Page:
When I returned home Thursday afternoon from a morning of teaching, I was informed that surprises–plural–awaited me in the kitchen. Cookies? Chocolates? Wonderful things come in the mail?
Every inch the kitchen counter was covered with pumpkins. Joshua and Jacob had spent the morning at a local pumpkin patch, buying (at half price) eighty pounds of pumpkins that would otherwise have been sold to local beef and pork farmers for feed, seeing as Halloween had come and gone and left many, many pumpkins behind.
Now I’m not talking about the typical field pumpkin that is used almost exclusively for Halloween carving; I am talking about pumpkins with names in other languages: “Marina di chioggia” and “Galeux d’eysines.” I’m talking about pumpkins with names like “Long Island Cheese” and “Jarrahdale” and “Shamrock” and “Australian Butter.” I’m talking about pumpkins like these:
(They are from left to right: Galeaux d’Esyines, Marina di chioggia, Austrailian Butter, Jarrahdale, Long Island Cheese and Shamrock).
(That’s Jacob, telling me that he could see a rabbit in the strange, barnacle-like texture of the Galeaux. I saw it, too).
I’ve been scouring cookbooks and blogs for pumpkin recipes, making plans for soups, curries, gnocchi, risotto, and of course pies, breads and muffins, that will dominate our menu until…oh, I would guess Marchish. And yesterday, I woke up thinking about a cookie. Not a pumpkin cookie per se, but a cookie studded with pepitas–the little green heart of the pumpkin seed. It is a sugar cookie to beat all sugar cookies, and a cookie, I decided, that would be the perfect end to a meal of Thai-curried pumpkin soup, made with a Kabocha pumpkin:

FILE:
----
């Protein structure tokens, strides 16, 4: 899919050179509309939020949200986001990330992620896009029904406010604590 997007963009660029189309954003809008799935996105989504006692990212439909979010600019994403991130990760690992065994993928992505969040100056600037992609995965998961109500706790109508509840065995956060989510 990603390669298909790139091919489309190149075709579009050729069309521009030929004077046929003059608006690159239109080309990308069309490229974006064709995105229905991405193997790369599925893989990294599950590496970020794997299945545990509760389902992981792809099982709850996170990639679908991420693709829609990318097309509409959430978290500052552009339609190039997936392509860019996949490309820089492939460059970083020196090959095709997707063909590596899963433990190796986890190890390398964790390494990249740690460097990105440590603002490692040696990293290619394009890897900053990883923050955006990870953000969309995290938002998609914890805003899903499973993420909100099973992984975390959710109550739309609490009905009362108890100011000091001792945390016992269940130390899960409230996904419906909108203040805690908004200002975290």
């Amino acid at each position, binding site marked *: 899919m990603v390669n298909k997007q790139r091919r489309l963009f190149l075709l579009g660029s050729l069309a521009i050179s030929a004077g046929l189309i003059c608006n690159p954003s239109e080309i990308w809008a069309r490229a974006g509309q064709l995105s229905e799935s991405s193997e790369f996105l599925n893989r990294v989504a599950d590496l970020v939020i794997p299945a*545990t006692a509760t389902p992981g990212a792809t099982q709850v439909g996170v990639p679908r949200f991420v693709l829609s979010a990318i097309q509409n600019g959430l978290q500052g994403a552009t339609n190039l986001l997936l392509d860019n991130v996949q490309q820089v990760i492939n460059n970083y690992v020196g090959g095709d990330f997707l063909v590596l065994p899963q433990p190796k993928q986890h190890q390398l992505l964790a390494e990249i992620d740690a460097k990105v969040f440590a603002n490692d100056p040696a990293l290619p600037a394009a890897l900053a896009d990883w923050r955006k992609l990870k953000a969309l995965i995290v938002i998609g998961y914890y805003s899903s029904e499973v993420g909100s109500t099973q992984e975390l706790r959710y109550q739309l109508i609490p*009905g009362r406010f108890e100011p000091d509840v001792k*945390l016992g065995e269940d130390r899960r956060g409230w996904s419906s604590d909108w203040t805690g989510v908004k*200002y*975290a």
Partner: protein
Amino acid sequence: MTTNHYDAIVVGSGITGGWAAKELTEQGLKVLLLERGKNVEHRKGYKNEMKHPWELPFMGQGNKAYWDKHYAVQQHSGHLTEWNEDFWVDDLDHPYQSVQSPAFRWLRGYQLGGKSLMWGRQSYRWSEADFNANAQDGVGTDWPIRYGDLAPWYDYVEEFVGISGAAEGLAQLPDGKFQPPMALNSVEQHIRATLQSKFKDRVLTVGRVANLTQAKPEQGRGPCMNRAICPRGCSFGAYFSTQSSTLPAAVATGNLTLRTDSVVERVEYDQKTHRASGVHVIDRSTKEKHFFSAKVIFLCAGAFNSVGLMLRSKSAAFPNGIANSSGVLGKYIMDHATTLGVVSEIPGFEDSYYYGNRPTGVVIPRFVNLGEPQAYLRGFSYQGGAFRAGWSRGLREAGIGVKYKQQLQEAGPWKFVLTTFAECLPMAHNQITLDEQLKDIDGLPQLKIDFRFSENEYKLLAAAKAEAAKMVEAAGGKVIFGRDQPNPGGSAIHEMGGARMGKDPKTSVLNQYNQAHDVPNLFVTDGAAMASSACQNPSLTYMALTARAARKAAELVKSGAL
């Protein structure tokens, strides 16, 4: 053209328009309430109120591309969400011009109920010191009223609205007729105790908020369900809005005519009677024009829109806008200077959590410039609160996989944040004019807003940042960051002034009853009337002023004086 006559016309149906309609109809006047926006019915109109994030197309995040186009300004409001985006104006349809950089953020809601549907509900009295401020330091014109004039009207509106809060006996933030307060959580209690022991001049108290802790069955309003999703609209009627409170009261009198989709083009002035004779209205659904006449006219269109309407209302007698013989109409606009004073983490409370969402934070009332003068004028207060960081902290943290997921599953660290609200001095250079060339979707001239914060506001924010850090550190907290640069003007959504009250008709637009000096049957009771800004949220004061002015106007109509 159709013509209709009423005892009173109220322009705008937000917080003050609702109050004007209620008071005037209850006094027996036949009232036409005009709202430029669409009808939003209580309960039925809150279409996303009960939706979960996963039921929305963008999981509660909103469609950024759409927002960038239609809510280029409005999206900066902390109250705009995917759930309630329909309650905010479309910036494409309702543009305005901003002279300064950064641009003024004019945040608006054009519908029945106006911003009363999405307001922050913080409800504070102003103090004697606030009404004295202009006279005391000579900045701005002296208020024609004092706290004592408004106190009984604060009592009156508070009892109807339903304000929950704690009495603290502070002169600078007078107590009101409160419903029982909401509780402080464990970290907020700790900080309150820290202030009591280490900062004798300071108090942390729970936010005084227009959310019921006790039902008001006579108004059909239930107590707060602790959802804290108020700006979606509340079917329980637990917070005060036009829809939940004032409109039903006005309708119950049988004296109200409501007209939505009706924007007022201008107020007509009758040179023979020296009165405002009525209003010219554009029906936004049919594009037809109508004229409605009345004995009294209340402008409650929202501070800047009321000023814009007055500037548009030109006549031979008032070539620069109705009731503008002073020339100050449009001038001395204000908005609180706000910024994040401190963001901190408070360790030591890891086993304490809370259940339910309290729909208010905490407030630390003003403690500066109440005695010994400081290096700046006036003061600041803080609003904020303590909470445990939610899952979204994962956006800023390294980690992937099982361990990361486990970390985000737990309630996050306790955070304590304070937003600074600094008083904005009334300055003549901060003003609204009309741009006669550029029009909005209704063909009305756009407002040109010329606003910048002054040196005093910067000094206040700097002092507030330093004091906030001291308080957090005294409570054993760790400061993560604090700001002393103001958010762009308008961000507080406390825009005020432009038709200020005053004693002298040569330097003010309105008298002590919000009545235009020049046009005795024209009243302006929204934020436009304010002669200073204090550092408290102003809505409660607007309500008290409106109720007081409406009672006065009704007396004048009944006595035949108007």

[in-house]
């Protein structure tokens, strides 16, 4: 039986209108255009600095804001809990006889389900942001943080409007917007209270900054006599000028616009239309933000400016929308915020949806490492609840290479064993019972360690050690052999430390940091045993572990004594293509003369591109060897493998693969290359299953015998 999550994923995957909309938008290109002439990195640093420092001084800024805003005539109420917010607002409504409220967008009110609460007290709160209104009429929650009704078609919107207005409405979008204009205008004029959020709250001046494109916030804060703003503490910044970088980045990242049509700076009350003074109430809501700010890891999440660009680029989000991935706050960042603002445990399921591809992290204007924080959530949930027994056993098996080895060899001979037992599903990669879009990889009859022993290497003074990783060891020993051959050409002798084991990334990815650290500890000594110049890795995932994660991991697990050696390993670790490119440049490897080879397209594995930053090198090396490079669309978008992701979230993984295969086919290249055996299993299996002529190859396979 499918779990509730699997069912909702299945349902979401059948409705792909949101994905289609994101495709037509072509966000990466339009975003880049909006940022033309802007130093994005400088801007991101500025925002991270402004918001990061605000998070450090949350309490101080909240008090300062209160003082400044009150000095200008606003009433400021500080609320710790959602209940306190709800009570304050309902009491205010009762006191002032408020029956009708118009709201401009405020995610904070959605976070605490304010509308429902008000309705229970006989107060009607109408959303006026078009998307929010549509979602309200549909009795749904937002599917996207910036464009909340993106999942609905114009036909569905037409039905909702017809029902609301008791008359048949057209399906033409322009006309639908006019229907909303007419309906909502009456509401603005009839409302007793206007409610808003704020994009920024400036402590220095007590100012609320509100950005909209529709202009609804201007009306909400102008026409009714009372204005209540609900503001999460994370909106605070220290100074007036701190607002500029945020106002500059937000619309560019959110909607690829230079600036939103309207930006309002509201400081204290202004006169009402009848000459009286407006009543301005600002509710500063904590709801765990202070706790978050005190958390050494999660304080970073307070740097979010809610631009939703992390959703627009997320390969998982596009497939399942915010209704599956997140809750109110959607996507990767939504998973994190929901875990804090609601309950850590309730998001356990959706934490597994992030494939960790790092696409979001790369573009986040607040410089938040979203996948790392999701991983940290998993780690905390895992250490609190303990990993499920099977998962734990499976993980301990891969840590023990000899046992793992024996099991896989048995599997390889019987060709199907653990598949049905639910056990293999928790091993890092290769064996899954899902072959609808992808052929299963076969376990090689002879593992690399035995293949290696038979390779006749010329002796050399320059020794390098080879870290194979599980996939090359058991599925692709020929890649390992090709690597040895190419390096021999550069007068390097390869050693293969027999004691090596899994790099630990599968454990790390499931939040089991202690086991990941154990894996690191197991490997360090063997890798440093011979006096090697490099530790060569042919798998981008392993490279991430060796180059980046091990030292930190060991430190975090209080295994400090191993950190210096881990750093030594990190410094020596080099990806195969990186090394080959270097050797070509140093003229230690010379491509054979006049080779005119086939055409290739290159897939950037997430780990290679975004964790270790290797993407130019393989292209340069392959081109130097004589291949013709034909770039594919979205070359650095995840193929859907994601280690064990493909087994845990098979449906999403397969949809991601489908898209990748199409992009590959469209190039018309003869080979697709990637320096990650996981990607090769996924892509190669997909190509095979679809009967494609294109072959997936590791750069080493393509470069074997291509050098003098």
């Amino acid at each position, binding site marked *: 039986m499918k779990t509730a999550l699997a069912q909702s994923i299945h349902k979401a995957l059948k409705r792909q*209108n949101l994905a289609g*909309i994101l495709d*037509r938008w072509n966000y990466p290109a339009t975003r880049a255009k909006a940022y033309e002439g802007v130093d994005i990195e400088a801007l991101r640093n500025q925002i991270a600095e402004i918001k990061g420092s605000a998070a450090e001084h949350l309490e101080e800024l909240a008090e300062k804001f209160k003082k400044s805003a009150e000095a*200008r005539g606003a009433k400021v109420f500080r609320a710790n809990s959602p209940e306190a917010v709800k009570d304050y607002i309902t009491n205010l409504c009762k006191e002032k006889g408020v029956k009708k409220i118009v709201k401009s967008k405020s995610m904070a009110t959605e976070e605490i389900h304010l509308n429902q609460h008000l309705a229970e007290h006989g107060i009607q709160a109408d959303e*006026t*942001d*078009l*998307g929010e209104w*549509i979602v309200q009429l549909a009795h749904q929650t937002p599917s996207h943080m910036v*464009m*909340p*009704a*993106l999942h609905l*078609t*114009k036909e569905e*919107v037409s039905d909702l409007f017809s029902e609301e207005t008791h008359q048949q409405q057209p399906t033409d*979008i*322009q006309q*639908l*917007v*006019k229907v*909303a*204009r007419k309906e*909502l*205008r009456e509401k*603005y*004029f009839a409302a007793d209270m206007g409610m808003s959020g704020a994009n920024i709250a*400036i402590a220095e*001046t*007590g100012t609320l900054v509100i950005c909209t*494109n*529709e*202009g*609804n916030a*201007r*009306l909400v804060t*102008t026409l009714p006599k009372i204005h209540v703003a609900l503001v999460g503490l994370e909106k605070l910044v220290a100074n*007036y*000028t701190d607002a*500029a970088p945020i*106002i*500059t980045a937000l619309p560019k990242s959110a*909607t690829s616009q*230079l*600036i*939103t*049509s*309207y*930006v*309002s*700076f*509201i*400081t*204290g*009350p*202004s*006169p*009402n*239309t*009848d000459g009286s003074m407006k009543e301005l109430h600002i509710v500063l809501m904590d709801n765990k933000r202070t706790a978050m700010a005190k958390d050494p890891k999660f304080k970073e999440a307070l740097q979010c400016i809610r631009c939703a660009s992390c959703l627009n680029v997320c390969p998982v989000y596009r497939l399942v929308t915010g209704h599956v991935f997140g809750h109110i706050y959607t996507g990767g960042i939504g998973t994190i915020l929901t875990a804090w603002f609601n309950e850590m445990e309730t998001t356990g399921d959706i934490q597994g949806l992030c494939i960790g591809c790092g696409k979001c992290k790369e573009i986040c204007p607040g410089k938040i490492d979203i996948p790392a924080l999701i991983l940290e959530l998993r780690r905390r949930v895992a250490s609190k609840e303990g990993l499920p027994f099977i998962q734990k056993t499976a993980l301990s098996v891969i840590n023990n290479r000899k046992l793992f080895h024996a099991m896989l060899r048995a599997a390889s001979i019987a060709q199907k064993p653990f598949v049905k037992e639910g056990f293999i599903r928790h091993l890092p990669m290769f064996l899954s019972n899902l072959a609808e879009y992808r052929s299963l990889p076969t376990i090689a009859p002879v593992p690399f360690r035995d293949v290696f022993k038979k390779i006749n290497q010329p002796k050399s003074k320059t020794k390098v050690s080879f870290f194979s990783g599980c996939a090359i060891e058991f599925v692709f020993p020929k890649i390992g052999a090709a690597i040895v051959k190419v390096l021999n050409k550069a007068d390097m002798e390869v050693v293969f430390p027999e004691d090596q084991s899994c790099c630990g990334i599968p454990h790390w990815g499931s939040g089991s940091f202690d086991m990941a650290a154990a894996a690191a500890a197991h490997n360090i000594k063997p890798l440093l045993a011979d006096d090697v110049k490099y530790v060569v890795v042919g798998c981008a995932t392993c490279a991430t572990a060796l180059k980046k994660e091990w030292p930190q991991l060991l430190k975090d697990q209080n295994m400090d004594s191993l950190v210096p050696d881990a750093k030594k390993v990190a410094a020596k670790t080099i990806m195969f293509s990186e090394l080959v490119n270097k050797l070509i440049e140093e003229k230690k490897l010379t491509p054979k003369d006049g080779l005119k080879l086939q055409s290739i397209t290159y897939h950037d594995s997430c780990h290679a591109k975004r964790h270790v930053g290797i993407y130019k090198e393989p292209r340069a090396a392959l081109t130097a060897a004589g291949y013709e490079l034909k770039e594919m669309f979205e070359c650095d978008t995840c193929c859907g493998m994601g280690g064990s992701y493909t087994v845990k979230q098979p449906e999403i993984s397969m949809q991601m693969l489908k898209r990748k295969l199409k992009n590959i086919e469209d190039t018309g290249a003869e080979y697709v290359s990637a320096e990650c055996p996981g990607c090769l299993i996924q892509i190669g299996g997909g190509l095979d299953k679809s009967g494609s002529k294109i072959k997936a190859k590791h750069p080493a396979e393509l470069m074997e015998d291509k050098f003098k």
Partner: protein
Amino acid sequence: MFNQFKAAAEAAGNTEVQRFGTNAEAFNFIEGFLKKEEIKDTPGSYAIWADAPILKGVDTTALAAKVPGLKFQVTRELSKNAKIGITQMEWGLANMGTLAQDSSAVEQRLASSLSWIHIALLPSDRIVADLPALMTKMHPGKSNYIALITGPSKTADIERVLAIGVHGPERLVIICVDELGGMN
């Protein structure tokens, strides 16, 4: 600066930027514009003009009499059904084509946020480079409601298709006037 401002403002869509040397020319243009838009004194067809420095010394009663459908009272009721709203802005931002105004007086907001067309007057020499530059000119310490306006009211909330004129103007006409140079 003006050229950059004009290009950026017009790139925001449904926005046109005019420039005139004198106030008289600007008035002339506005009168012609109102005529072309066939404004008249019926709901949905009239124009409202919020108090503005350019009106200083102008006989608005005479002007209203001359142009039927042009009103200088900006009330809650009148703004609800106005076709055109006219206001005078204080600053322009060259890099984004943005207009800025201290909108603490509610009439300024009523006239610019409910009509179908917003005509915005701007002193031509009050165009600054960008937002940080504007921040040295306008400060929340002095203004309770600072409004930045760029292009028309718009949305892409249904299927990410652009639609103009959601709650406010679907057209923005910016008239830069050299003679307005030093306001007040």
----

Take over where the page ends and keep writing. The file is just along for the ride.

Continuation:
The Lime Sugar Cookie recipe is from Rebar, a wonderful vegetarian restaurant in Victoria, BC. During our years in East Van I had several friends cook from the Rebar cookbook for me, and my taste buds and tummy were only ever pleased. We made a point of visiting Victoria–and Rebar–before leaving Canada and I bought a copy of their cookbook for myself. Yesterday I congratulated myself for making such a wise purchase: the soup was good, but the cookies were the inspiration for the whole meal and what I had spent the day anticipating. They did not disappoint. Even when I thought I had over-baked them, it turned out everyone in this household prefers a sugar cookie that’s a little crisp on the outside anyway. To my delight and relief, they were still soft on the inside. There will doubtlessly be many pumpkin recipes to share in the coming months, but for now, hasten to the pantry and make yourself a batch of these cookies. And tell someone you love that a surprise awaits them in the kitchen.
Lime Sugar Cookie with Pepitas
(for 12 large cookies)
1 cup granulated sugar
1/4 cup unsalted butter
1 TBS vegetable (or coconut) oil
zest of one lime
1 large egg
2 TBS lime juice
1 3/4 cups unbleached, all-purpose flour
1/4 cup toasted pepitas, roughly chopped
1/2 tsp baking soda
1/2 tsp sea salt
Preheat the oven to 350F. Cream sugar, butter, oil and lime zest until light and fluffy. Add eggs and lime juice, and beat together to incorporate. Add the flour, pepitas, baking soda and salt. Mix well. Using a 2 oz ice cream soup, or forming ~3 TBS balls, drop the batter onto a cookie sheet, leaving space in between for the cookies to spread during baking. Flatten each slightly and sprinkle with sugar. Bake for 8 minutes, or until the edges are only barely beginning to tan. Cool on a wire rack.